Federal appeals court affirms dismissal of Oklahoma botched execution case
Federal appeals court affirms dismissal of Oklahoma botched execution case

The US Court of Appeals for the Tenth Circuit [official website] on Tuesday affirmed the dismissal [order, PDF] of a case involving the 2014 botched execution [JURIST report] of Clayton Lockett, a death row inmate in Oklahoma. Lockett’s brother filed suit against the state of Oklahoma [JURIST report], through named state officials, in October 2014. The case was dismissed due to qualified-immunity defenses from Governor Mary Fallin [official website], Department of Corrections Director Robert Patton and Warden of the Oklahoma State Penitentiary Anita Trammell. The Tenth Circuit determined, as did District Judge Joe Heaton [profile] of the US District Court for the Western District of Oklahoma [official website], that Lockett’s brother did not establish in any of his claims that the state officials violated clearly established law, so the qualified immunity defense was applicable [AP report].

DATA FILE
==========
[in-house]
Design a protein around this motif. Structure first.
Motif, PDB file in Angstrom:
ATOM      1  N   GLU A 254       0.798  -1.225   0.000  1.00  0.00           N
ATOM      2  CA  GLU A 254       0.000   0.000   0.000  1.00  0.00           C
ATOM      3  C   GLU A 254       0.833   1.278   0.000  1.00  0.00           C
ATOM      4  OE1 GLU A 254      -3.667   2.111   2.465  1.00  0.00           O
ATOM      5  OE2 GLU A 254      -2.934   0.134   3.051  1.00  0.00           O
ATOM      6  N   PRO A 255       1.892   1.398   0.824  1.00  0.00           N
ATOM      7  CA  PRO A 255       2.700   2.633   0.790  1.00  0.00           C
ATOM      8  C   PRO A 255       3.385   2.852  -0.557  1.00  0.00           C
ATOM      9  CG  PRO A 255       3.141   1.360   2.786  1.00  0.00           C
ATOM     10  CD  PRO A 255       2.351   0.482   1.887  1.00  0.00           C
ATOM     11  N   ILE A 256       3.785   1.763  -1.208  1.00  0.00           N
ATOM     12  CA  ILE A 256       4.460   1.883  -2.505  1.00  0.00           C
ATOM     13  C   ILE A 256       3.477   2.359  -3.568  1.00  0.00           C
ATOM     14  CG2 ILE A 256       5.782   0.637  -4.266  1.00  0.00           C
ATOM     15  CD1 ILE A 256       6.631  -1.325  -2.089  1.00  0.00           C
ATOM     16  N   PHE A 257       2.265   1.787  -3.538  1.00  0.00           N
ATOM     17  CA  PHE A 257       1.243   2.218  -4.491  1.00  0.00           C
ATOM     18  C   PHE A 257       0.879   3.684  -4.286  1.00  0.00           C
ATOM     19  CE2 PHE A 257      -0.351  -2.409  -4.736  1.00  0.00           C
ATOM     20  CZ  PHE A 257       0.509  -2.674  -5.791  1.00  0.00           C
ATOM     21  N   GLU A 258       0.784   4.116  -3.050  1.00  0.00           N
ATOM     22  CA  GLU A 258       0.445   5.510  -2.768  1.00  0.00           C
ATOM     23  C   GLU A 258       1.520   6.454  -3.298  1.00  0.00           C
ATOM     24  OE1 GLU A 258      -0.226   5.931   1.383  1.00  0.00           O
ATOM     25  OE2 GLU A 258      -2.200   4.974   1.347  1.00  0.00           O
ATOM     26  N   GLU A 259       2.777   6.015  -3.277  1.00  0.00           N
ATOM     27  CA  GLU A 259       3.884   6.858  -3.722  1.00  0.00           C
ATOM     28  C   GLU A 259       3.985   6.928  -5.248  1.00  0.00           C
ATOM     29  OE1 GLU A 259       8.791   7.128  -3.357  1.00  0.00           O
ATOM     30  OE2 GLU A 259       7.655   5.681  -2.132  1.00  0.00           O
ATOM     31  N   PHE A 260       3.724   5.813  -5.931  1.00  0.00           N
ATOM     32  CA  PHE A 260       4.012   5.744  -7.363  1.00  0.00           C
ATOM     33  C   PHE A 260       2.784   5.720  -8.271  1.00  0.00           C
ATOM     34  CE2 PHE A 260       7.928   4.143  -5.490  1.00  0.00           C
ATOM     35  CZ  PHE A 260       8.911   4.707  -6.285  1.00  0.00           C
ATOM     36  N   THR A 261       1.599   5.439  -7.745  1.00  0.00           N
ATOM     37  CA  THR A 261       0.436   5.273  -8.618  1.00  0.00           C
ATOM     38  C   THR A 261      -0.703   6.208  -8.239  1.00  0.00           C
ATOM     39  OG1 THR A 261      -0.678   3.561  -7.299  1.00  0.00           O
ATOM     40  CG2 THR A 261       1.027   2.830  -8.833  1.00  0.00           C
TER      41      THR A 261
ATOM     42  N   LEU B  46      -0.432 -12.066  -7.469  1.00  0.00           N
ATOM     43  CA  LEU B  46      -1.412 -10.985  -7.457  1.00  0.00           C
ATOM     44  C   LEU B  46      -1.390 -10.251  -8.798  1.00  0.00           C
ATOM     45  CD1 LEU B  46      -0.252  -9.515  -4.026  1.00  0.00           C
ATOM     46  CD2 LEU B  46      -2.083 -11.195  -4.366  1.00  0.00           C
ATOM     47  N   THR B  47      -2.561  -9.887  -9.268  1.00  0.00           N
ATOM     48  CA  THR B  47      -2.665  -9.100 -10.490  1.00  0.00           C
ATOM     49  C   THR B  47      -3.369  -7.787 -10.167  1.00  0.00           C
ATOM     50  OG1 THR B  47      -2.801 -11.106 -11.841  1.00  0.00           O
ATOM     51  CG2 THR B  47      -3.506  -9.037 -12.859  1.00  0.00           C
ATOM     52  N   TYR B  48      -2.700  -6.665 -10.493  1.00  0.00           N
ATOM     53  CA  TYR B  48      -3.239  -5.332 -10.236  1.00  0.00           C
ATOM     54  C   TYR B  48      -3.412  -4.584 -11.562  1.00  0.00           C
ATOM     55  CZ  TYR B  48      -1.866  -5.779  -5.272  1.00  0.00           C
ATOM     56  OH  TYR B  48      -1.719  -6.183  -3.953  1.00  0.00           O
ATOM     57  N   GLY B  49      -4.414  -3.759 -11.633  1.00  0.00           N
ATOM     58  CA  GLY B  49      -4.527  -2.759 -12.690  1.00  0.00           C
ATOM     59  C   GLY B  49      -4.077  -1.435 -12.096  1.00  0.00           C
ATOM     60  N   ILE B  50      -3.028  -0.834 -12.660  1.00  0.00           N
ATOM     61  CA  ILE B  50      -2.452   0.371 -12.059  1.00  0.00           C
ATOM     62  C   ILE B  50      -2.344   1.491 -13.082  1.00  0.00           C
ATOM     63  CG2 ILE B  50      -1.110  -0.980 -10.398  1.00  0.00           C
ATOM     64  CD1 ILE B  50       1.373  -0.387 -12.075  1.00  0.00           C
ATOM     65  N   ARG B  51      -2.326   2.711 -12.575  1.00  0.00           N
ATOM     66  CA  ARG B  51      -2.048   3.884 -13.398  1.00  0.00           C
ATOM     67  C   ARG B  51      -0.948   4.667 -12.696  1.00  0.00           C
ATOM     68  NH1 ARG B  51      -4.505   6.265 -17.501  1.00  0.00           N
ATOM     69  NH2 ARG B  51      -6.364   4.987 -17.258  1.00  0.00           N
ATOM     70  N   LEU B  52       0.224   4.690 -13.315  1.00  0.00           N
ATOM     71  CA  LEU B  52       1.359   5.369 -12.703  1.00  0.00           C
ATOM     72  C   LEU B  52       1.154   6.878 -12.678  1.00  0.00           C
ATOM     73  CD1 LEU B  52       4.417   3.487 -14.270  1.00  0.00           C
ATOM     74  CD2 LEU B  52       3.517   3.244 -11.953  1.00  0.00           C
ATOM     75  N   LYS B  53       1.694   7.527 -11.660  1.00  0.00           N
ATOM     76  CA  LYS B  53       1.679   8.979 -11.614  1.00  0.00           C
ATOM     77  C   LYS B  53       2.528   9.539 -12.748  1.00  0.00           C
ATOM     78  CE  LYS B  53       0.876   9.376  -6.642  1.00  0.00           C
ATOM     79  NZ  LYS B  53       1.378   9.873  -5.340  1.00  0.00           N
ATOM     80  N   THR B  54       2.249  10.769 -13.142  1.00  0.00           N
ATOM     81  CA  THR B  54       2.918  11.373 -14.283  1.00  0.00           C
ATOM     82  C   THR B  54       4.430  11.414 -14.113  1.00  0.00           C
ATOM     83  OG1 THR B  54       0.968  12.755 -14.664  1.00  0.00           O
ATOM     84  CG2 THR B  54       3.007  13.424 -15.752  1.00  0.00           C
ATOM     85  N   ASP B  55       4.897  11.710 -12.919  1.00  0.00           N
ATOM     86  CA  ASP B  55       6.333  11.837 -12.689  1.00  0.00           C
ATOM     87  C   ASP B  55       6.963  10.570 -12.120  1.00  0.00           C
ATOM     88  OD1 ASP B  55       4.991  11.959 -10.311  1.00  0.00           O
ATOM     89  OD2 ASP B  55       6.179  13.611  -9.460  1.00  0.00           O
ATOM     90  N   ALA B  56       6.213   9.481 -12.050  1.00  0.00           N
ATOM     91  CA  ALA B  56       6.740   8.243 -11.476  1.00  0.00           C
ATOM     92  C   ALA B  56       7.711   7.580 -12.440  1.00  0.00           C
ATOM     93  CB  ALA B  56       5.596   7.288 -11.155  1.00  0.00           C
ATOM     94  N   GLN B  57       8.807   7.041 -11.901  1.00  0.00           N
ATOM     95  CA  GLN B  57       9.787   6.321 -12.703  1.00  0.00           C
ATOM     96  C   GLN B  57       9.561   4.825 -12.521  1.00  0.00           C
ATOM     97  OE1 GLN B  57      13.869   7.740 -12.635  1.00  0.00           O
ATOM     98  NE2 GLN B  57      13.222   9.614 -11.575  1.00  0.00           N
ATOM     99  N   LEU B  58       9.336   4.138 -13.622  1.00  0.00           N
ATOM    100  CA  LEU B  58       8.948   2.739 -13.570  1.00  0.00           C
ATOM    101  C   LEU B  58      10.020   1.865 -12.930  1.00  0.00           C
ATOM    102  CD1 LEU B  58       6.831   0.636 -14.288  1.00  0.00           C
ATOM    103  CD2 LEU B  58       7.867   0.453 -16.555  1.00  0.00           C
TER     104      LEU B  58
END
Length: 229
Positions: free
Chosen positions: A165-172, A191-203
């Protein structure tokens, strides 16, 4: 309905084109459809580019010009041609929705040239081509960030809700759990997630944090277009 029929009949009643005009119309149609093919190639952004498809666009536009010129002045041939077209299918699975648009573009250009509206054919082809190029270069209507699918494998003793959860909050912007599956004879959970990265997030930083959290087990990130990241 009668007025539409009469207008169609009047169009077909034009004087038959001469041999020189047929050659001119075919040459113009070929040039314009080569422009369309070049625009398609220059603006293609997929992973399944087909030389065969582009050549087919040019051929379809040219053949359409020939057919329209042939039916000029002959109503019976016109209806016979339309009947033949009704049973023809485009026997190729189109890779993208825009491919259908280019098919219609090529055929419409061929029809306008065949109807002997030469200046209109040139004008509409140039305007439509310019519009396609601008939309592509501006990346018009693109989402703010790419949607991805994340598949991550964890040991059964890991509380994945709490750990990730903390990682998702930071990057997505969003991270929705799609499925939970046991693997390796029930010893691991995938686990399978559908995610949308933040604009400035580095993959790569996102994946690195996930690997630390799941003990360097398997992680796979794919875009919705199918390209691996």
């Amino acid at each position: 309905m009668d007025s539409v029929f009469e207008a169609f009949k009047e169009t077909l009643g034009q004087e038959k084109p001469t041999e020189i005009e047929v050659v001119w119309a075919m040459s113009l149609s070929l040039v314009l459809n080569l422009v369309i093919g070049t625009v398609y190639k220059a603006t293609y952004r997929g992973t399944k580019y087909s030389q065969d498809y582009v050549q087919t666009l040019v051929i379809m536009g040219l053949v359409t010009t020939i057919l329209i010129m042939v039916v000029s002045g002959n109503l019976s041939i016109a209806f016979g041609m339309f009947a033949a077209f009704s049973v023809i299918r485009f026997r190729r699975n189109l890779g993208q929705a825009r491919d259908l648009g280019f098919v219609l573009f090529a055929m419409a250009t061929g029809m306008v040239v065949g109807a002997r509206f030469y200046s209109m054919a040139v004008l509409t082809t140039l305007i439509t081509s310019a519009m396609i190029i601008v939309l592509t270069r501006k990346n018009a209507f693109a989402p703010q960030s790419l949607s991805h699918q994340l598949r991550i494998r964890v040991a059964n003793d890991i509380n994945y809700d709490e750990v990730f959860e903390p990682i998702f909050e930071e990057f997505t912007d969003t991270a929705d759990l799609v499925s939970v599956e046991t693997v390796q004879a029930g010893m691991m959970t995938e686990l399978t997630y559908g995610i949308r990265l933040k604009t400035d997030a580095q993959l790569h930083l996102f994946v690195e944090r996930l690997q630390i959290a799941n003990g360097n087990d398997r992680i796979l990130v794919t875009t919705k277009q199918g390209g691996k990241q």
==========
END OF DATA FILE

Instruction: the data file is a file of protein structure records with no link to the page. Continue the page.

Capital punishment [JURIST op-ed] remains a controversial issue in the US and worldwide. Earlier this month the legal status of the death penalty was upheld [JURIST report] by state referendum in Oklahoma, Nebraska and California. In September executions in Oklahoma were put on a two-year hiatus so Oklahoma can reevaluate its lethal injection procedures [JURIST report] following Lockett’s botched execution and several drug mix-ups in the past two years. In May the US Supreme Court [official website] upheld a stay [JURIST report] of execution for Alabama inmate Vernon Madison. A few days before that a Miami judge ruled [JURIST report] that Florida’s revamped death penalty law is unconstitutional because it does not require a unanimous agreement among jurors to approve executions. In April Virginia’s General Assembly voted [JURIST report] to keep secret the identities of suppliers of lethal injection drugs.